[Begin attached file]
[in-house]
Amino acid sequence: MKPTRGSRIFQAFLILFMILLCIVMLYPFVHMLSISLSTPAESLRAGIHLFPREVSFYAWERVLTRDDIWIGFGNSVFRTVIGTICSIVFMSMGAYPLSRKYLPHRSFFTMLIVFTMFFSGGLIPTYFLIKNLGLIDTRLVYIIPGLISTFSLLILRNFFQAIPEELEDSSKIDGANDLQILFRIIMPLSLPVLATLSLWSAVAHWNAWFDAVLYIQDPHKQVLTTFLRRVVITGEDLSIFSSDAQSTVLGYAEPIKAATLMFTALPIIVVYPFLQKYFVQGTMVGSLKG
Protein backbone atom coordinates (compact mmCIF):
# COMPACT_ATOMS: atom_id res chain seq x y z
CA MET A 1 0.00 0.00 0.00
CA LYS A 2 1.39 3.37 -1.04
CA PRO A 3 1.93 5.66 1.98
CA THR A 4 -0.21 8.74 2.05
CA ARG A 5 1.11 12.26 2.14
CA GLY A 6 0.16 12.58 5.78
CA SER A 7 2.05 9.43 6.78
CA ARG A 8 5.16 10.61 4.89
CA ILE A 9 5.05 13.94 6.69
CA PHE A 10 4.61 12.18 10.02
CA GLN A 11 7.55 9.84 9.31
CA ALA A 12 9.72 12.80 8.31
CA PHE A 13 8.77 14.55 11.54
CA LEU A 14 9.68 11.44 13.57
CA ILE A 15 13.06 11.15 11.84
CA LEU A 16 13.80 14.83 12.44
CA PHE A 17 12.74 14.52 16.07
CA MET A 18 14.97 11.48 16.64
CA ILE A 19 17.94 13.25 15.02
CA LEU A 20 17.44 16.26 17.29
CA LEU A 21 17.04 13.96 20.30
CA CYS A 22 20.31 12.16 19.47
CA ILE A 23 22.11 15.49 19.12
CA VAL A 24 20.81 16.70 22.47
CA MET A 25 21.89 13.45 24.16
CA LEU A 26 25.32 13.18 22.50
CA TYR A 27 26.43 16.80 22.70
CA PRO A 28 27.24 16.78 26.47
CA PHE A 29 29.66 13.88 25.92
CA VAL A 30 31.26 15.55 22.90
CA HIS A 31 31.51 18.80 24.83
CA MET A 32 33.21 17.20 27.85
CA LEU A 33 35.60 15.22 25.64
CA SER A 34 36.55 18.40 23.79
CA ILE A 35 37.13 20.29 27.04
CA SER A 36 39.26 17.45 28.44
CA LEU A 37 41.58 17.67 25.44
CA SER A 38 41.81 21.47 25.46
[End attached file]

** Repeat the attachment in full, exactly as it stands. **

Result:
[in-house]
Amino acid sequence: MKPTRGSRIFQAFLILFMILLCIVMLYPFVHMLSISLSTPAESLRAGIHLFPREVSFYAWERVLTRDDIWIGFGNSVFRTVIGTICSIVFMSMGAYPLSRKYLPHRSFFTMLIVFTMFFSGGLIPTYFLIKNLGLIDTRLVYIIPGLISTFSLLILRNFFQAIPEELEDSSKIDGANDLQILFRIIMPLSLPVLATLSLWSAVAHWNAWFDAVLYIQDPHKQVLTTFLRRVVITGEDLSIFSSDAQSTVLGYAEPIKAATLMFTALPIIVVYPFLQKYFVQGTMVGSLKG
Protein backbone atom coordinates (compact mmCIF):
# COMPACT_ATOMS: atom_id res chain seq x y z
CA MET A 1 0.00 0.00 0.00
CA LYS A 2 1.39 3.37 -1.04
CA PRO A 3 1.93 5.66 1.98
CA THR A 4 -0.21 8.74 2.05
CA ARG A 5 1.11 12.26 2.14
CA GLY A 6 0.16 12.58 5.78
CA SER A 7 2.05 9.43 6.78
CA ARG A 8 5.16 10.61 4.89
CA ILE A 9 5.05 13.94 6.69
CA PHE A 10 4.61 12.18 10.02
CA GLN A 11 7.55 9.84 9.31
CA ALA A 12 9.72 12.80 8.31
CA PHE A 13 8.77 14.55 11.54
CA LEU A 14 9.68 11.44 13.57
CA ILE A 15 13.06 11.15 11.84
CA LEU A 16 13.80 14.83 12.44
CA PHE A 17 12.74 14.52 16.07
CA MET A 18 14.97 11.48 16.64
CA ILE A 19 17.94 13.25 15.02
CA LEU A 20 17.44 16.26 17.29
CA LEU A 21 17.04 13.96 20.30
CA CYS A 22 20.31 12.16 19.47
CA ILE A 23 22.11 15.49 19.12
CA VAL A 24 20.81 16.70 22.47
CA MET A 25 21.89 13.45 24.16
CA LEU A 26 25.32 13.18 22.50
CA TYR A 27 26.43 16.80 22.70
CA PRO A 28 27.24 16.78 26.47
CA PHE A 29 29.66 13.88 25.92
CA VAL A 30 31.26 15.55 22.90
CA HIS A 31 31.51 18.80 24.83
CA MET A 32 33.21 17.20 27.85
CA LEU A 33 35.60 15.22 25.64
CA SER A 34 36.55 18.40 23.79
CA ILE A 35 37.13 20.29 27.04
CA SER A 36 39.26 17.45 28.44
CA LEU A 37 41.58 17.67 25.44
CA SER A 38 41.81 21.47 25.46